- Download software from trusted sources: Always download and install software from the official Apple App Store to minimize the risk of installing malicious applications.
- Invest in reputable security software: Use a reliable antivirus and internet security software package to protect your system from malware and other threats.
- Create strong passwords and enable multi-factor authentication: Use unique, complex passwords for all your accounts and enable multi-factor authentication wherever possible to add an extra layer of security.
- Utilize biometric security features: Enable biometric security features, such as fingerprint or facial recognition, to unlock your device and add another layer of protection.
- Exercise caution with email links: Be cautious when opening links received via email, especially if they are from unknown senders, as these could be phishing attempts or lead to malicious websites.
- Manage permissions carefully: Be mindful when granting permissions to apps and websites, ensuring that you only give access to essential features and services.
- Keep your devices and software updated: Regularly update your devices, operating systems, and applications to patch vulnerabilities and improve overall security.
By adhering to these cybersecurity best practices, macOS users can significantly enhance their protection against cyber threats and minimize the risk of falling victim to attackers.
Corporate companies should collect all the IOCs and block them on their all perimeter security devices. If possible, conduct an audit or scan for the persistence of the malware file or network communication.
MITRE ATT&CK® Techniques
|Tactic||Technique ID||Technique Name|
|Execution||T1204.002||User Execution: Malicious File|
|Credential Access||T1110||Brute Force|
|Credential Access||T1555.003||Credentials from Web Browsers|
|Discovery||T1083||File and Directory Discovery|
|Command and Control||T1132.001||Data Encoding: Standard Encoding|
|Exfiltration||T1041||Exfiltration Over C&C Channel|
Indicator of Compromise:
Crypto Wallet Extension
The table below lists the crypto wallets with respective browser extension IDs targeted by the malware.
|aholpfdialjgjfhomihkjbmgjidlcdno||Exodus Web3 Wallet|
|amkmjjmmflddogmhpjloimipbofnfjih||Wombat – Gaming Wallet for Ethereum & EOS|
|bcopgchhojmggmffilplmbdicgaihlkp||Hycon Lite Client|
|dhgnlgphgchebgoemcjekedjjbifijid||Crypto Airdrops & Bounties|
|efbglgofoippbgcjepnhiblaibcnclgk||Martian Wallet for Sui & Aptos|
|imloifkgjagghnncjkhggdhalmcnfklk||Trezor Password Manager|
|pnndplcbkakcplkjnolgbkdgjikjednm||Tron Wallet & Explorer – Tronium|
Command and Control (C&C)
We hope this post would help you know know how to protect your macOS device from Atomic macOS Stealer Malware (AMOS Malware). Please share this post and help to secure the digital world. Visit our social media page on Facebook, LinkedIn, Twitter, Telegram, Tumblr, Medium & Instagram, and subscribe to receive updates like this.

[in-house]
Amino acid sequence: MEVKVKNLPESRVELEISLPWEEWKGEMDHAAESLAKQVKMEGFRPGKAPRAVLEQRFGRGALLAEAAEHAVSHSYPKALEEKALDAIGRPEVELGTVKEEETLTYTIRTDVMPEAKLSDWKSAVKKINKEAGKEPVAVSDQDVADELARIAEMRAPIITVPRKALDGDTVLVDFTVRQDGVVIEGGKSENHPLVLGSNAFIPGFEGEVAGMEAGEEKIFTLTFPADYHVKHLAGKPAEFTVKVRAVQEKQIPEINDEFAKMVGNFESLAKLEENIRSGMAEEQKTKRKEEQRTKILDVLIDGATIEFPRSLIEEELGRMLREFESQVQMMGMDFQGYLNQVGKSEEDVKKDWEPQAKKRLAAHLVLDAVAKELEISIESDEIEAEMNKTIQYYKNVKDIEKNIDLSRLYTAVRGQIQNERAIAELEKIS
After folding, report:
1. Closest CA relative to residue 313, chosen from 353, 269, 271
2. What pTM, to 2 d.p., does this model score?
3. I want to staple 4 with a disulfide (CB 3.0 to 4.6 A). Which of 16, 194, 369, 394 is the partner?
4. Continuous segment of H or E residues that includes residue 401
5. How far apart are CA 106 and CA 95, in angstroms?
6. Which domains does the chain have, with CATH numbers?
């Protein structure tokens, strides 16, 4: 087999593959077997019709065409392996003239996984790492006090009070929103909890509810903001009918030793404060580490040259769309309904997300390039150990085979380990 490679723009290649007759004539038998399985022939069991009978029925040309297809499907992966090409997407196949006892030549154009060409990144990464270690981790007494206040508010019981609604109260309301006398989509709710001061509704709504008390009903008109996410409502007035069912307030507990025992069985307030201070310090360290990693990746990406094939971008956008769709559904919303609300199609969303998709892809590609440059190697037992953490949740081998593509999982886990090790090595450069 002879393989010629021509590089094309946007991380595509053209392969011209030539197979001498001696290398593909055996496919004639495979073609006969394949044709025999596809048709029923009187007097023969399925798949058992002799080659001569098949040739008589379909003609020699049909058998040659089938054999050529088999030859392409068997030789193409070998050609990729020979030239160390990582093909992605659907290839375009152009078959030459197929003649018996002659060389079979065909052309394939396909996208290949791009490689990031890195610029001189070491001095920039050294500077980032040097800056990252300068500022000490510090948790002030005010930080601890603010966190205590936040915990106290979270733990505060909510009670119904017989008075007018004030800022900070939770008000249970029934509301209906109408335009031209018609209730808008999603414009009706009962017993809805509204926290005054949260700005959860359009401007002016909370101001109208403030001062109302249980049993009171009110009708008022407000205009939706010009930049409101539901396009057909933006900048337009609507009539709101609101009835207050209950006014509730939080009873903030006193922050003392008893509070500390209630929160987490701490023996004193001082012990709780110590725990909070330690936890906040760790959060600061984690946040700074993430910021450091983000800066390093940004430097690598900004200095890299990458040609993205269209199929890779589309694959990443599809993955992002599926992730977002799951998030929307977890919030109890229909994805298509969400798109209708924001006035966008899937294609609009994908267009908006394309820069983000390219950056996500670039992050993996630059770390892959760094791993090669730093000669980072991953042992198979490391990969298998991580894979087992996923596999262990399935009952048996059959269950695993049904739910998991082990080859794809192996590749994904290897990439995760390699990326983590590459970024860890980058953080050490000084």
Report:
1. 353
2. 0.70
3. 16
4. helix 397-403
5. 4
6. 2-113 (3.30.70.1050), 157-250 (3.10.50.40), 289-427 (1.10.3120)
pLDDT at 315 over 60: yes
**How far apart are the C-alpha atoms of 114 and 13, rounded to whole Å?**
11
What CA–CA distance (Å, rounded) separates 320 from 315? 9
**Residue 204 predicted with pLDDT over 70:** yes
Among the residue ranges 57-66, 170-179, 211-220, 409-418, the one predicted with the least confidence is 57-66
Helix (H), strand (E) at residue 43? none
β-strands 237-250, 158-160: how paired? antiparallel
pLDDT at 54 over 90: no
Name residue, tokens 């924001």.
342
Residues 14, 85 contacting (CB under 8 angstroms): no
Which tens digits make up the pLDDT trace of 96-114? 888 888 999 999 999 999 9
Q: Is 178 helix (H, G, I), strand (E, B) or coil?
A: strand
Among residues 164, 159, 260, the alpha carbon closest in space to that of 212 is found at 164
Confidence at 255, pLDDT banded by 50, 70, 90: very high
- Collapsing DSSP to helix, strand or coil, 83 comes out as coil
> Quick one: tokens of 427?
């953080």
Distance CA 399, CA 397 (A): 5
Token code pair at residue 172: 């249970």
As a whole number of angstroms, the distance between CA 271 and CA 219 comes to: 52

Frequently Asked Questions:
Atomic macOS Stealer Malware (AMOS) is a new information-stealing malware specifically designed to target macOS users and steal sensitive information from their devices. It has been promoted on a Telegram channel and is sold for a hefty price of $1,000 per month.
AMOS is capable of extracting various types of information from compromised devices, including keychain passwords, comprehensive system information, files from the desktop and documents folder, and macOS passwords. It can also steal auto-fill data, passwords, cookies, wallets, and credit card information from web browsers and cryptocurrency wallets.
The exact infiltration technique remains unclear, but it is likely that users are tricked into downloading and executing the malicious software, believing it to be legitimate. The Atomic Stealer artifact has been found masquerading as popular applications like “Notion-7.0.6.dmg,” “Photoshop CC 2023.dmg,” and “Tor Browser.dmg.”
Once it infiltrates a macOS device, the malware gathers system metadata, files, iCloud Keychain, and information stored in web browsers and crypto wallet extensions. The collected data is compressed into a ZIP archive and transmitted to a remote server by encoding the ZIP file in Base64 format. The ZIP file is then forwarded to pre-configured Telegram channels.
MacOS users can follow cybersecurity best practices to protect their devices from AMOS Malware, such as downloading software from trusted sources, using reputable security software, creating strong passwords and enabling multi-factor authentication, utilizing biometric security features, being cautious with email links, managing permissions carefully, and keeping devices and software updated.
Corporate companies should collect all the IOCs (Indicators of Compromise) related to AMOS Malware and block them on their perimeter security devices. They should also conduct audits or scans for the persistence of the malware file or network communication if possible.